Our cultural identity is pretty much dead. TGIF, eh?

Sorry to bum you out. It's slightly depressing news I know. But better to hear it from me, a friend, then to wake up one day in the near future, look in the mirror and have the frightening realisation that you don't even know who you are anymore.

Allow me to explain.

Over the past couple of months my entertainment colleagues and I have been working on an ambitious, week-long, multi-media extravaganza that deep dives into the glorious hey-day of the once mighty local music industry.


This went live on the Herald's website yesterday and features brand new video interviews with key artists, classic music videos from the era, lots of photos of very lol, mid-2000s fashions, a bunch of 'whatever happened to...' features and a brain-tickling music quiz that will challenge the knowledge of even the most anorak local music experts.

While this stuff is all gold, it's supplementary to the main event, a long form feature titled Don't Stream It's Over: Charting the rise and fall of the Kiwi hit factory.

This fascinating long read into the Kiwi music boom of the years 2000-2010 is full of warm nostalgia, hard facts, big numbers, huge money, some shocking bombshells and - of course - absolutely brilliant music.

The story backgrounds the disparate circumstances that magically came together to create this wave of Kiwi chart topper's and details the eventual crashing of said wave.

The feature took Joanna Hunkin, the Herald's Head of Entertainment, around four months of researching, fact checking, interviewing and writing to put together. It can only be considered essential reading.

Being a rock solid piece of reporting it's fair and balanced. Which is presumably why she didn't end the feature with the sentence; 'Our cultural identity is pretty much dead.'

This, being an opinion piece, doesn't need to worry about any notions of fairness or balance which is exactly why this column opened with that sentence. And here's why.

In that decade-long, golden era 324 New Zealand singles hit the Top 40. From 2010 to now only 141 managed that same feat. That's a helluva drop off. But it's not scary. These next numbers, however, are.


During her investigation Hunkin discovered the outrageous and worrying fact that this year, "only seven local songs have made it into the charts – and six of those were by Lorde".

What the actual flipping heck? Where's the cultural panic button?

It might sound like an overreaction but having just trawled through the treasure trove of hits from that decade what struck me was not just the staggering number of diverse classic hits there were but also how uniquely New Zealand they were.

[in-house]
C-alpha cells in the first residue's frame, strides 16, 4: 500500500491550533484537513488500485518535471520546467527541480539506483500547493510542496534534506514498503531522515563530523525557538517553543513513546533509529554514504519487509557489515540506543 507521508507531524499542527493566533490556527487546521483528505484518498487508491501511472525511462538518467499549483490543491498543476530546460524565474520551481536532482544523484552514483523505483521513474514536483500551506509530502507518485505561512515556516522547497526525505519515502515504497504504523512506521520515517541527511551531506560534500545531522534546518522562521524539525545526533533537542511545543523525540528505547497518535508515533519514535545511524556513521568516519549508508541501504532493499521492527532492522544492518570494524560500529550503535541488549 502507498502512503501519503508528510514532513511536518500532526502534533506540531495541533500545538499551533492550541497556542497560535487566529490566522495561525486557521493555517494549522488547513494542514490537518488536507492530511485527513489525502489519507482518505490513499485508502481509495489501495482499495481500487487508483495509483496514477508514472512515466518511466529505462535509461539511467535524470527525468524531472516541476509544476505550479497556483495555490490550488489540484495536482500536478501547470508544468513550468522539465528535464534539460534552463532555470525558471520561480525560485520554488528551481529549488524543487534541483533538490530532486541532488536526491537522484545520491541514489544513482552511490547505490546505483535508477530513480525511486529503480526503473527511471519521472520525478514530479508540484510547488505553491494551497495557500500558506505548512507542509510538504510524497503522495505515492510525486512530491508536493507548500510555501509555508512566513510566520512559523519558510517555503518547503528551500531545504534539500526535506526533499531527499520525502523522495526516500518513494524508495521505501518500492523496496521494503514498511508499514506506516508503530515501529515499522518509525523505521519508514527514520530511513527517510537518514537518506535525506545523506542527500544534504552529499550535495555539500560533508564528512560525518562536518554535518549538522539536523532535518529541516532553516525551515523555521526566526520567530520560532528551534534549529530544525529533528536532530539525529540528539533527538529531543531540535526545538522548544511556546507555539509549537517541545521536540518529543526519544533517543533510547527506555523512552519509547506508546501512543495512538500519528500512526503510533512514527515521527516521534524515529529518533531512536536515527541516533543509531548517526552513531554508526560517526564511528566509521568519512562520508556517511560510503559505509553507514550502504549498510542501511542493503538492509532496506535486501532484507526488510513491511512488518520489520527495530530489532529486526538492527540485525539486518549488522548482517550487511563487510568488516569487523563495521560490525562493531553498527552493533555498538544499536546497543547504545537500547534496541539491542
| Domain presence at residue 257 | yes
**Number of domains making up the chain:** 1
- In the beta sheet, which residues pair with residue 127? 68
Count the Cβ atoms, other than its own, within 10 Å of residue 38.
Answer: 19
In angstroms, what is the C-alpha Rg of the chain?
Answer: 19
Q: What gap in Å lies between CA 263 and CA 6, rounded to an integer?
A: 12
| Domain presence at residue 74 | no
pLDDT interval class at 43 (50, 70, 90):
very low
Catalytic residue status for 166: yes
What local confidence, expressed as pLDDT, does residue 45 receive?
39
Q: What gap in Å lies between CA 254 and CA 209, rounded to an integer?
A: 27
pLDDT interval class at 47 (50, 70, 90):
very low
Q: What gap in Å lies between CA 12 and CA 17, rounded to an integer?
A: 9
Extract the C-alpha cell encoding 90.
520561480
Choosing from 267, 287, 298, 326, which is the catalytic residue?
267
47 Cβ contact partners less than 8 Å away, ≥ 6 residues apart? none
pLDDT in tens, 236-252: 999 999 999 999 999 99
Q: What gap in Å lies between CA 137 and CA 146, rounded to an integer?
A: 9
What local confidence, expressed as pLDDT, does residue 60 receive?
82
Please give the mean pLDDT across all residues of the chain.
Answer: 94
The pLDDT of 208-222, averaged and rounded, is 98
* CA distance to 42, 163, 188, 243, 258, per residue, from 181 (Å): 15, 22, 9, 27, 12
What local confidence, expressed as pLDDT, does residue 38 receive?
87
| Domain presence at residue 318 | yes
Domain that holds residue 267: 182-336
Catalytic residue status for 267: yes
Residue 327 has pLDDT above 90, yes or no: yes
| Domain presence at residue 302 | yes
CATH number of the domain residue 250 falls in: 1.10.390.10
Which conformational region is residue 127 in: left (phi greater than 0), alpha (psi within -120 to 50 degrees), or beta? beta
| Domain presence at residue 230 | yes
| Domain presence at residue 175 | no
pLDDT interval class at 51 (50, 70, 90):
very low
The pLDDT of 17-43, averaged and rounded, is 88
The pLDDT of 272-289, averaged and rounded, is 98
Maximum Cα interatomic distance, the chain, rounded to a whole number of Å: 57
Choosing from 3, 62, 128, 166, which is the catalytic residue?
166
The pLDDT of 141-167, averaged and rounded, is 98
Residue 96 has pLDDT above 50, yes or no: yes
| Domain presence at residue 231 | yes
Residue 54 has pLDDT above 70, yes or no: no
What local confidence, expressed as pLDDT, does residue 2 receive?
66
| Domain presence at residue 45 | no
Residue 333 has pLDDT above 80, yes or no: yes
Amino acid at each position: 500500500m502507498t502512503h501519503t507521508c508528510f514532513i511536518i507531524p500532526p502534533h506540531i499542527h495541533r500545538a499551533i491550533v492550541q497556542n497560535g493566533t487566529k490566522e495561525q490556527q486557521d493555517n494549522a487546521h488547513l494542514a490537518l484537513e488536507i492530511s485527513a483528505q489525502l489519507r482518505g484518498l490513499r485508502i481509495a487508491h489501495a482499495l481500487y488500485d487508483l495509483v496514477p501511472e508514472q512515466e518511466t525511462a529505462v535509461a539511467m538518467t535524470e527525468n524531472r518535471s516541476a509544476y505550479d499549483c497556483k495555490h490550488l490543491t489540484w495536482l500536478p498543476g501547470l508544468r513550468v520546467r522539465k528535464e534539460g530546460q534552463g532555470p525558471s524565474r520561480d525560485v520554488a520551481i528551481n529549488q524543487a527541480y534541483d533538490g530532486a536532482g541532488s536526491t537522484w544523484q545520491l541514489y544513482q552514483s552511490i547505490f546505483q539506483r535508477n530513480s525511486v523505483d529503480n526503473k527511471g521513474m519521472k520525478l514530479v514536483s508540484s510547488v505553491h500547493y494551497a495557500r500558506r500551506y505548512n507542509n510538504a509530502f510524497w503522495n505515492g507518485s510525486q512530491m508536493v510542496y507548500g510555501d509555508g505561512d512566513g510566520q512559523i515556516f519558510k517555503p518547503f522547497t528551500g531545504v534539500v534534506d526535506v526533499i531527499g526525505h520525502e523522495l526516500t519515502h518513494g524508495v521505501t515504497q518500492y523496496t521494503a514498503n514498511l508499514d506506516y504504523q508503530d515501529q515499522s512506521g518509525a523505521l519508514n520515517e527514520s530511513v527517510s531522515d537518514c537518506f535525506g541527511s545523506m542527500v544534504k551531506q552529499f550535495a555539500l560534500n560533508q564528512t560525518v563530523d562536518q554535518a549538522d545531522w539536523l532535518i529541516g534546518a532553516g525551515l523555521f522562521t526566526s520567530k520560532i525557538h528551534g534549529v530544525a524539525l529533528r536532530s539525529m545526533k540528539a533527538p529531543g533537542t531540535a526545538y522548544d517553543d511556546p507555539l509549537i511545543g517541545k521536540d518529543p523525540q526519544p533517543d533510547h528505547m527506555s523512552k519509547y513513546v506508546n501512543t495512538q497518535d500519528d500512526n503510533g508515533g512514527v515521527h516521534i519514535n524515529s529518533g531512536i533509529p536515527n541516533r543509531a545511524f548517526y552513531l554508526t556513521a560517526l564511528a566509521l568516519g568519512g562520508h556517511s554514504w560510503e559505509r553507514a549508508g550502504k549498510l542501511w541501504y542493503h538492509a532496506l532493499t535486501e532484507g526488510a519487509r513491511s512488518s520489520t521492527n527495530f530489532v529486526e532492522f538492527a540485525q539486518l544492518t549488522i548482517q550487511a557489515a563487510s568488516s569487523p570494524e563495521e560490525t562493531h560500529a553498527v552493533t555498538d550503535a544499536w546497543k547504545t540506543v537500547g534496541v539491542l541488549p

Our charts were literally filled with the sound of Kiwi song. Rock bands, punk bands, indie bands, hip-hop crews, singer-songwriters, pop stars, rappers, electro groups, dub bands and drum & bass acts were all regularly having chart hits.

Some from that era endure today, most have since bowed out and some exploded on the charts like a firework before fading to black. But all contributed to defining our cultural identity.

You'll remember big names like Goodshirt, the Naked & Famous, Opshop, The Mint Chicks, Deceptikonz, Deja Voodoo, Nesian Mystik, Goodnight Nurse, Pluto, Minuit and Concord Dawn.

But what was great was that groups could rocket from nowhere up the charts; remember Misfits of Science, The Tutts, Kids of 88, The Bleeders or The Fanatics? They all charted with killer tracks. You do not see that sort of musical disparity happening in the charts today.

And this is a big deal. These songs shaped and defined us. Hell, they gave us something to shape and define.

There is of course amazing and world class local music still being made. Without giving anything away TimeOut's upcoming Best of the Year music list features at least half a dozen local albums on it.

But there's no question that our music is no longer getting in front of us the way it once did. We had so many radio stations championing every genre, we had music magazines, we had music TV channels playing music TV shows and music videos, we had major labels taking chances and regularly releasing local singles and albums.

And now? We have YouTube, Spotify, Soundcloud and the internet. The accessibility of these platforms is fantastic. But the cultural impact they've had is horrendous.

A decade from now who will be remembered in the wider context? Lorde, deservedly, and... um. Genre pockets will remember genre artists. Perhaps that's just a sign of the times.

But wasn't it great that you didn't have to be into dub to know Fat Freddy's Drop, or into rap to know Scribe, or into guitars to know Elemeno P? It truly felt like the genre was "New Zealand music" and further clarification was just nitpicking.

This isn't warm nostalgia talking. This is hard facts and cold numbers. Only seven local songs in the charts by two artists. Seven and two.

How many you reckon will make it next year?